Genuine OHS harmonisation is at risk as each the states develop their own mining regulations under the new national Work Health and Safety Act, according to the mining industry.
Safe Work Australia is currently seeking final comments on the ‘core’ mining regulations, but NSW Minerals Council CEO Nikki Williams said the NSW, Queensland and Western Australian governments are determined to retain some of their unique, existing state mining provisions in what are known as new ‘non-core’ legislation.
“Each State is drafting their new laws individually and using different models,” she said.
“There are missing components and a large number of inconsistencies. If this process continues unchecked, the prospect of genuine legislative reform that will deliver a world-leading mining regulatory framework appears very remote.”
Speaking at the recent NSW minerals industry OHS Conference, Williams said the current approach was at odds with the Federal Government’s ultimate aims for a more efficient and effective system and a safer workplace.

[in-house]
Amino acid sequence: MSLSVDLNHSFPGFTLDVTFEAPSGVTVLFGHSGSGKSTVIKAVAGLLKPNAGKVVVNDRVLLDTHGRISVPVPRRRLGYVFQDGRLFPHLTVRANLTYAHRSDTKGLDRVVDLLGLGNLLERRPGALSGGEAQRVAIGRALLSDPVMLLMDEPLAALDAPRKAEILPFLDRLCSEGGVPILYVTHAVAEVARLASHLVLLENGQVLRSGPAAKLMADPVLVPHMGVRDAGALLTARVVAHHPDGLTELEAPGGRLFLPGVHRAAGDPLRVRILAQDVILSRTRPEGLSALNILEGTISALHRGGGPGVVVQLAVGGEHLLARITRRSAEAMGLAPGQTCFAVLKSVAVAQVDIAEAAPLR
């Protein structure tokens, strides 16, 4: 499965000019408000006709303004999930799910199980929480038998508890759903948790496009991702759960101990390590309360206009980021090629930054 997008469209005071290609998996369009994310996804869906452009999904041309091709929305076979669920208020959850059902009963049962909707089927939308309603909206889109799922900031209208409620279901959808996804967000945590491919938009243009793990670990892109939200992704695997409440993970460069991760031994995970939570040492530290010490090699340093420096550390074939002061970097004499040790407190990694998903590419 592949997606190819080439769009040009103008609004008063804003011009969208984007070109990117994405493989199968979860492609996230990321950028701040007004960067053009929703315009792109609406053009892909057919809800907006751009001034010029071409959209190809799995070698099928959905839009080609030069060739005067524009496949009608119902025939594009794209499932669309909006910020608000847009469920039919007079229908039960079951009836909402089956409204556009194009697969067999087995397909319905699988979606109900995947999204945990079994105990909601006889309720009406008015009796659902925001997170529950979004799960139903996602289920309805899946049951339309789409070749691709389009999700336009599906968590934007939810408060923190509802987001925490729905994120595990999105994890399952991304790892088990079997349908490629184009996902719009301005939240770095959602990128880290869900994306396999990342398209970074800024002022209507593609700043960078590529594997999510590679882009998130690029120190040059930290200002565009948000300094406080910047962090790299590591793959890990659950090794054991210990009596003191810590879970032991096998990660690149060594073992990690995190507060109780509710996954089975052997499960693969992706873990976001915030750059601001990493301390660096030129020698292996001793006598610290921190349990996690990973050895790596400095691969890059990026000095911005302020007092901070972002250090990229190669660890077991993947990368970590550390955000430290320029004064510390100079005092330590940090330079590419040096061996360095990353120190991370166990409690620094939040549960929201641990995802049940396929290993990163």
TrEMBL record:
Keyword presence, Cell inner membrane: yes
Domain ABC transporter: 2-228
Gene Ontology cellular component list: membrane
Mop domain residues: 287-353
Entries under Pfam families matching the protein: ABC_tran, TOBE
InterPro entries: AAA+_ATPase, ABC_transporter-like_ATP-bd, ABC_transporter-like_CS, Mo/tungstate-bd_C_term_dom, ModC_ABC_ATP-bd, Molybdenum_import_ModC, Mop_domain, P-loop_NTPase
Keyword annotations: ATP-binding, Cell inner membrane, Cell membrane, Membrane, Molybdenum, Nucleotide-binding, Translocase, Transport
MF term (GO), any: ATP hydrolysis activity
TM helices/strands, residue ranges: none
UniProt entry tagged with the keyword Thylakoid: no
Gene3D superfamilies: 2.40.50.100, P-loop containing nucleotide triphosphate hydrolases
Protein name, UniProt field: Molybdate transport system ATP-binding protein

“We are deeply disappointed that this has not been resolved and question why the core WHS regulations couldn’t be developed to effectively regulate all mining states,” she said.
“We are frustrated and we can’t understand why a sensible risk-based approach is being cast aside for a complicated and inconsistent regulatory system underpinning the new overarching national framework, when the ultimate goal should be better safety outcomes, not more bureaucracy.”
Williams said all industries, including mining, should feel the full benefit of OHS harmonisation.
“These changes should eliminate the tangled web of red tape for companies working across State borders that have been wrestling with up to eight different compliance regimes,” she said.
“But for NSW miners, almost unbelievably, it seems our State will remain out of step with other mining states.”